Bernadette’s Take #5

Joanne’s advice against Lederhosen

I wonder whether the people from Biel/Bienne in the canton of Berne were aware what had befallen them. A famous Canadian journalist lived among them and did what journalists do: She watched them oh so closely. Mayhem she wrote.

Jo 6 biel switzerland 2012 - CopyJoanne Hatherly descended on Switzerland from April 1, 2011
to June 30, 2012, with unexpected consequences – for the Swiss.
(Photo Joanne Hatherly)

Joanne Hatherly has not only written articles for the National Post in Toronto, the Times Colonist in Victoria, and major city newspapers across Canada: She is above all the author of a hilarious and revealing blog about the Swiss. You have to read it. I did, and it did me in.

There are 323 entries, and – according to Joanne – followed by readers from 119 countries! My, the Swiss are definitely a source of inspiration.

Joanne`s blog about Switzerland:

Here are some extracts (I will not quote one of her most popular blog posts about transparent public toilets – viewers` discretion advised – for that you have to go to her blog):

“The Swiss are orderly, but they waste no time, so if they see a gap in a line-up, they will immediately fill it. Never hang back from a counter – plunge right in and belly up to the counter or you will be swept aside by the Swiss, not because they are rude, but because they assume you haven’t made up your mind yet.”

“The Swiss can vote for crazy things like prostitute garages and keeping women from voting (until the 1980s), but sometimes their poll results reveal an intelligent electorate mature in its understanding of economics.”

IMG_7583 - CopyThe Swiss can vote for crazy things? No, surely not.
Definitely not. Unimaginable. Never. Ever.
(Main station in Zurich, Photo B.Calonego)

“They love festivals, and they are crazy about music. It’s not just yodeling that tickles their ears: I have never seen such a large concentration of accordion players anywhere.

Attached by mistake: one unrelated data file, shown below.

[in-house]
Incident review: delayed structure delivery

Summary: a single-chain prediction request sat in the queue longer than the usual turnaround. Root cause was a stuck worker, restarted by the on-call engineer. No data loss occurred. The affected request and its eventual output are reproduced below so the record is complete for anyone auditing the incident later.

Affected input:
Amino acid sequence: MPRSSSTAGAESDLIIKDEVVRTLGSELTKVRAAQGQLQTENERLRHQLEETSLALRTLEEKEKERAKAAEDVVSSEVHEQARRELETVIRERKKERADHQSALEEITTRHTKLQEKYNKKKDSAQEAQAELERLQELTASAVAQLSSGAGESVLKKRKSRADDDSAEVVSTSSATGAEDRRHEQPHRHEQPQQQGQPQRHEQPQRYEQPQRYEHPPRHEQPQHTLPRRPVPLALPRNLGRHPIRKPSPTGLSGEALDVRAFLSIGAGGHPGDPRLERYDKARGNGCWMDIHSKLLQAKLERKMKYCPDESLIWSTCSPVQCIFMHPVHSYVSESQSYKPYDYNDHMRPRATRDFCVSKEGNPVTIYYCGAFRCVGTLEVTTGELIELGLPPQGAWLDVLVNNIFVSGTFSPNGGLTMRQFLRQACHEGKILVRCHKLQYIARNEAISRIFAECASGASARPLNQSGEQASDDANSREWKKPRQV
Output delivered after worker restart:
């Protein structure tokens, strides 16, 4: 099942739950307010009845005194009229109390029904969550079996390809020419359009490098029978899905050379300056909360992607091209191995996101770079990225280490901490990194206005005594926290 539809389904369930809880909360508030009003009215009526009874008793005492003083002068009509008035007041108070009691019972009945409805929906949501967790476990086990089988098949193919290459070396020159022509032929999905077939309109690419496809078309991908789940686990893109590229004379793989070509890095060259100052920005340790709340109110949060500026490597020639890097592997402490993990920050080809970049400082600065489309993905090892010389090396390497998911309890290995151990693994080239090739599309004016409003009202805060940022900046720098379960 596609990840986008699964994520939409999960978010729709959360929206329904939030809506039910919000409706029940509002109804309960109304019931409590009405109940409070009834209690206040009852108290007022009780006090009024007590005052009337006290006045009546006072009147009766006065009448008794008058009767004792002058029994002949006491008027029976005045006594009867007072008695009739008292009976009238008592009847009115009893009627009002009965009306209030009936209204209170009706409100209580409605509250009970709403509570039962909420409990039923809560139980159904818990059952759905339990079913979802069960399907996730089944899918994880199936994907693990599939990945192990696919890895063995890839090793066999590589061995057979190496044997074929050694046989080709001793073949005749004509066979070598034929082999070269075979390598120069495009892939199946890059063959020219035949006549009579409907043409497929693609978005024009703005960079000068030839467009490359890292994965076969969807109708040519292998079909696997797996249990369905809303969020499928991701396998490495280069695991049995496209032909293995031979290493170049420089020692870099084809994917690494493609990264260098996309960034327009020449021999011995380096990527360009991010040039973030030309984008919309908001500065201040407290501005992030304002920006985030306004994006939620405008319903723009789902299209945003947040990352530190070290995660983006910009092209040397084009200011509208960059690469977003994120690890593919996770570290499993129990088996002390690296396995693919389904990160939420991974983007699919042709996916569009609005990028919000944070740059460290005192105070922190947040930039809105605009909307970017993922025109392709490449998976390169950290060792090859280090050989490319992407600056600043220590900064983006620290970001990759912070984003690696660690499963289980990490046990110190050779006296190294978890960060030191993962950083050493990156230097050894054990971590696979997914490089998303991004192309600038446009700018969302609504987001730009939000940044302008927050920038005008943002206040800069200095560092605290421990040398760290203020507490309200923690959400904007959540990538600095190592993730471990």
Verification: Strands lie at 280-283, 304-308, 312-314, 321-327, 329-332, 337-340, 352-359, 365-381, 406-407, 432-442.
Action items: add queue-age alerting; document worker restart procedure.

They beat out the Americans when it comes to marching bands – they have them all over the place, some in costume and organized, while others who look like they decided to take their band practice out of the garage and on to the street, just for fun.”

Jo Hatherly.Biel - CopyJoanne Hatherly thinks that the quality of music of street
musicians in Switzerland is very high – who would have thought!
Forget about Mozart, Austria!  We have The Sharecroppers in Biel/Bienne!
(Photo Joanne Hatherly)

“Switzerland is swathed in bureaucracy. For example, no one is allowed on a golf course until they have been certified. It seems a bit far-fetched but there it is.

The same thinking applies to dog-ownership. Switzerland demands that dog-owners become certified before they actually own a dog, and certification does not mean just paying a fee and getting a piece of paper; it means taking a course in dog-training.

After successfully completing the course, the person then gets the dog and later goes back for further training and certification.”

“Switzerland is the third-largest chocolate producer with the Swiss Nestle’ corporation placing it there, just behind “Mars,” a U.S. company. The U.S. is home to three of the world’s top-ten chocolate-makers. That is pretty impressive, but consider that Switzerland has two companies in the top ten, then compare the two  nations’ population and geography (the U.S. is gumpteenzillion times bigger, for one), and Switzerland is all the more outstanding. You have to think that if the U.S. applied the same degree of diligence that the Swiss do, we would be swimming in chocolate. This would be okay with me.”

Jo.Hatherly - CopyWe don’t bribe in Switzerland, we don’t need to – we have
chocolate. Swiss chocolate even defeated Joanne Hatherly.
Slabs of chocolate in a store in Solothurn (Photo Joanne Hatherly).

“What surprises us the most, however, is that such a geographically small place has such a globally large footprint – from the Red Cross to the United Nations to its international market for banking, pharmaceuticals (Roche, Novartis), watches, Swiss Army knives and more. They are a stunningly successful people who from so little have made so much.”

Thank you, Joanne! Thank you, thank you, thank you.

No wonder that I absolutely had to place an

UPC (Urgent Phone Call) to Joanne Hatherly

who now lives in Victoria B.C. where she is working on a novel (I hope it is about the Swiss!!!! Something like William Tell emigrating to Canada because the tyrant Gessler prohibited Tell from forming the Crossbow-for-Dummies Party).

Joanne says about herself:

“I’m a native Canadian prairie gal whose European ancestors’ early arrival in North America was documented when one brother sued another over a matter of a few cows and some Quebec farmland in the 1600s, permanently setting the familial tone toward “acidic.”

I am setting the tone to tongue-in-cheek:

Finally the UPC  to Joanne Hatherly

Joanne, why on earth did you advise the North American travelers not to take Lederhosen to Switzerland?

It turns out Lederhosen is not part of the Swiss’s daily wardrobe. We only saw it at a wedding and at festivals.

Why do you think that Swiss, commonly known as conservative, are actually daring risk-takers?